For Christy and Jo
You should not sidle up to her, nor proceed
to run your hands along the terrain of her belly,
don’t seek to see if the baby is moving, if it is high
or low. Do not touch what is hers.
She fears the demise of bees, the progress
of the plague, and helicopters that fall from
the sky unexpectedly. She gathers fear like pebbles
and hides them in the pockets of her maternity shift.
Rolls her hands along each one and curses it.
This will be her last child. The last time her body
expands to accommodate growing toes, small hands.
The last time she swaddles a child in her body,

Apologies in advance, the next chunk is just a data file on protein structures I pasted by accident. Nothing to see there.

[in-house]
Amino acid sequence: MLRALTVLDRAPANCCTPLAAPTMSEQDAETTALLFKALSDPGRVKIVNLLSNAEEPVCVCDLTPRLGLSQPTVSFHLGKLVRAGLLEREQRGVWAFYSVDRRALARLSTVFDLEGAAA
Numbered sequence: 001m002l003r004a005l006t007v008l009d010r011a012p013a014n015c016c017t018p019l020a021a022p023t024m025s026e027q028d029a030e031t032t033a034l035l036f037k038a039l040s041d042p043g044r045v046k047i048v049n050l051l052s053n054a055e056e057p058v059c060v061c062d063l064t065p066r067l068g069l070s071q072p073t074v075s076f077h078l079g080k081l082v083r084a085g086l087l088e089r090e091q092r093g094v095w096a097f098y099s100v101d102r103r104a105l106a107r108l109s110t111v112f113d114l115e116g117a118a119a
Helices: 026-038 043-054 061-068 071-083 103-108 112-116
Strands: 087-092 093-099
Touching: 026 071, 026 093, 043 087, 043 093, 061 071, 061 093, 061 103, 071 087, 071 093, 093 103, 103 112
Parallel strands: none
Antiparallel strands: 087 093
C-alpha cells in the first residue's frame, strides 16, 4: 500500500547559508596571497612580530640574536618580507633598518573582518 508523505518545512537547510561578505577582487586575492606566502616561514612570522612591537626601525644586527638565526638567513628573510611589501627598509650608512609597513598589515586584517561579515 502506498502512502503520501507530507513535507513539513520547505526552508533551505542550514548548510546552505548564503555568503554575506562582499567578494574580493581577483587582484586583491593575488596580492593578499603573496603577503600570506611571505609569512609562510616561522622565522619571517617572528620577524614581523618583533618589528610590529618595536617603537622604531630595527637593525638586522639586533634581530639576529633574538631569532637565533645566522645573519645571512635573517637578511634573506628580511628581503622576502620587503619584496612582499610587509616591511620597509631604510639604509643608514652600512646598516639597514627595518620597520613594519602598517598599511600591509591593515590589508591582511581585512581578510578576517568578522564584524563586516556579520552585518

to then watch it drop into a world littered with
all the pebbles her pockets cannot hold.
Carol Parris Krauss is a poet and teacher living in Virginia. She is passionate about the written word. This Clemson graduate has poems in various print and online magazines such as The South Carolina Review, Blue Collar Review, Eclectica Magazine, Pedestal Magazine, and Pebble Lake Review.